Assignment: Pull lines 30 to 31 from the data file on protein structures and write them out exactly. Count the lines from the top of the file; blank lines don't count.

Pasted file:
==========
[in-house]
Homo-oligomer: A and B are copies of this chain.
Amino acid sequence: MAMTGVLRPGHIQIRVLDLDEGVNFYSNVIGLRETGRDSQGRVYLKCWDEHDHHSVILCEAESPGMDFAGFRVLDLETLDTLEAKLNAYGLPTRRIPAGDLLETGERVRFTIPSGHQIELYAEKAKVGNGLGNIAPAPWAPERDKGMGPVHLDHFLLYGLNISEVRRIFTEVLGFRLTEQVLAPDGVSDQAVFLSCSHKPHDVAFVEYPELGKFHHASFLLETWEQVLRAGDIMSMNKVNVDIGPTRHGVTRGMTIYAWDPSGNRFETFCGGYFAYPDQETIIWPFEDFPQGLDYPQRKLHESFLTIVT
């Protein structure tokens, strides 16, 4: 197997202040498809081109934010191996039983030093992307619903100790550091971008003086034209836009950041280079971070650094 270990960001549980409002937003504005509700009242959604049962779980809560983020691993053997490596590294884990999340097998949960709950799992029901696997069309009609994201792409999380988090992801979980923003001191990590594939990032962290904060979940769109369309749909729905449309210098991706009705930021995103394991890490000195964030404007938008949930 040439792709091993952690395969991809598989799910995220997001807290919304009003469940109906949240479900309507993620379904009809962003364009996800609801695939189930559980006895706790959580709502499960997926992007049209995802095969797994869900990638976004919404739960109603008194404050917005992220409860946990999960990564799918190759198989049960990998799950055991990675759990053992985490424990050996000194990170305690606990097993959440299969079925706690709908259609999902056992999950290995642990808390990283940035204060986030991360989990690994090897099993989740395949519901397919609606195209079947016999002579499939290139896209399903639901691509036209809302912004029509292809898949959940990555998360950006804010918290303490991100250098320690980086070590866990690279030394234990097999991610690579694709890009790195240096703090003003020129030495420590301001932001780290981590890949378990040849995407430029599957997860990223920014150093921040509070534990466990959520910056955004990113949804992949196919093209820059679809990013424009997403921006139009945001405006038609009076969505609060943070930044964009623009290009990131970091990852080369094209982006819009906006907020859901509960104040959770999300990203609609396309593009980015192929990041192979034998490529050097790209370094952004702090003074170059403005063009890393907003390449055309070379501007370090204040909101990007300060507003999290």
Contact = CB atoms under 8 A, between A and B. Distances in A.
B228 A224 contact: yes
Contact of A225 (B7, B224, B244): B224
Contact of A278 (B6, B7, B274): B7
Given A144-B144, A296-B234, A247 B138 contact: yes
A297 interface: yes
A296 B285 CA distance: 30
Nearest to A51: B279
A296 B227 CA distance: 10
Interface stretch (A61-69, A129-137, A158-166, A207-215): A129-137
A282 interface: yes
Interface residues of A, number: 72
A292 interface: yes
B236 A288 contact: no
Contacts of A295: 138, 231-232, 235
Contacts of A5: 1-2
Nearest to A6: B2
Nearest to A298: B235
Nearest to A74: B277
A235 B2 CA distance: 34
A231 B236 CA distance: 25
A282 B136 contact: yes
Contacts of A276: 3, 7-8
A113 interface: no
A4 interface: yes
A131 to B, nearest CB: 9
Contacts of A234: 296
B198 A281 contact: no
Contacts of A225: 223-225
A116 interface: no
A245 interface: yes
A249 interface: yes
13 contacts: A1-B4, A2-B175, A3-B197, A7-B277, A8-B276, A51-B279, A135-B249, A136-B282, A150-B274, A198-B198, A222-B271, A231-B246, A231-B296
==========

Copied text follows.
A131 to B, nearest CB: 9
Contacts of A234: 296